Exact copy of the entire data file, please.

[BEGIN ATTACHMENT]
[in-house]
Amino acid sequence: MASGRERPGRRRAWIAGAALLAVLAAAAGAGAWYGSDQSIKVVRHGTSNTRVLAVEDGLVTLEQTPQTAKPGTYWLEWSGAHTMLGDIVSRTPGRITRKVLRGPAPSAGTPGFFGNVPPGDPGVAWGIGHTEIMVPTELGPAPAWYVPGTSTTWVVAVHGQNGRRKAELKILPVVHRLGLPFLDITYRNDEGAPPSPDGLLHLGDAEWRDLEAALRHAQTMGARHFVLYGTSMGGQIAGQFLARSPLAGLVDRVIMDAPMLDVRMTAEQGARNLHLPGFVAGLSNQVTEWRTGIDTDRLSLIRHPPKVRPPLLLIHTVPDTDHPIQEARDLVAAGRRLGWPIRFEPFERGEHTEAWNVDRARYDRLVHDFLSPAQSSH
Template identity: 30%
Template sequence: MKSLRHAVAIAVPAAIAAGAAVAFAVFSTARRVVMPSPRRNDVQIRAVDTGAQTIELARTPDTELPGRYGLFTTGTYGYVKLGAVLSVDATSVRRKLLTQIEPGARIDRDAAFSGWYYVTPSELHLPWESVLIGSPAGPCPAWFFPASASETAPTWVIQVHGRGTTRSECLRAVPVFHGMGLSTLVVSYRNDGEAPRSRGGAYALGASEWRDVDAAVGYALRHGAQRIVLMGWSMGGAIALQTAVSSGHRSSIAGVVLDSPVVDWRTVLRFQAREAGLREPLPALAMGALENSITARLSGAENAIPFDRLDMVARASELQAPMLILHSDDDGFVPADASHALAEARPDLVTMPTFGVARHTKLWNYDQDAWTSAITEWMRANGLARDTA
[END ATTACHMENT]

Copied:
[in-house]
Amino acid sequence: MASGRERPGRRRAWIAGAALLAVLAAAAGAGAWYGSDQSIKVVRHGTSNTRVLAVEDGLVTLEQTPQTAKPGTYWLEWSGAHTMLGDIVSRTPGRITRKVLRGPAPSAGTPGFFGNVPPGDPGVAWGIGHTEIMVPTELGPAPAWYVPGTSTTWVVAVHGQNGRRKAELKILPVVHRLGLPFLDITYRNDEGAPPSPDGLLHLGDAEWRDLEAALRHAQTMGARHFVLYGTSMGGQIAGQFLARSPLAGLVDRVIMDAPMLDVRMTAEQGARNLHLPGFVAGLSNQVTEWRTGIDTDRLSLIRHPPKVRPPLLLIHTVPDTDHPIQEARDLVAAGRRLGWPIRFEPFERGEHTEAWNVDRARYDRLVHDFLSPAQSSH
Template identity: 30%
Template sequence: MKSLRHAVAIAVPAAIAAGAAVAFAVFSTARRVVMPSPRRNDVQIRAVDTGAQTIELARTPDTELPGRYGLFTTGTYGYVKLGAVLSVDATSVRRKLLTQIEPGARIDRDAAFSGWYYVTPSELHLPWESVLIGSPAGPCPAWFFPASASETAPTWVIQVHGRGTTRSECLRAVPVFHGMGLSTLVVSYRNDGEAPRSRGGAYALGASEWRDVDAAVGYALRHGAQRIVLMGWSMGGAIALQTAVSSGHRSSIAGVVLDSPVVDWRTVLRFQAREAGLREPLPALAMGALENSITARLSGAENAIPFDRLDMVARASELQAPMLILHSDDDGFVPADASHALAEARPDLVTMPTFGVARHTKLWNYDQDAWTSAITEWMRANGLARDTA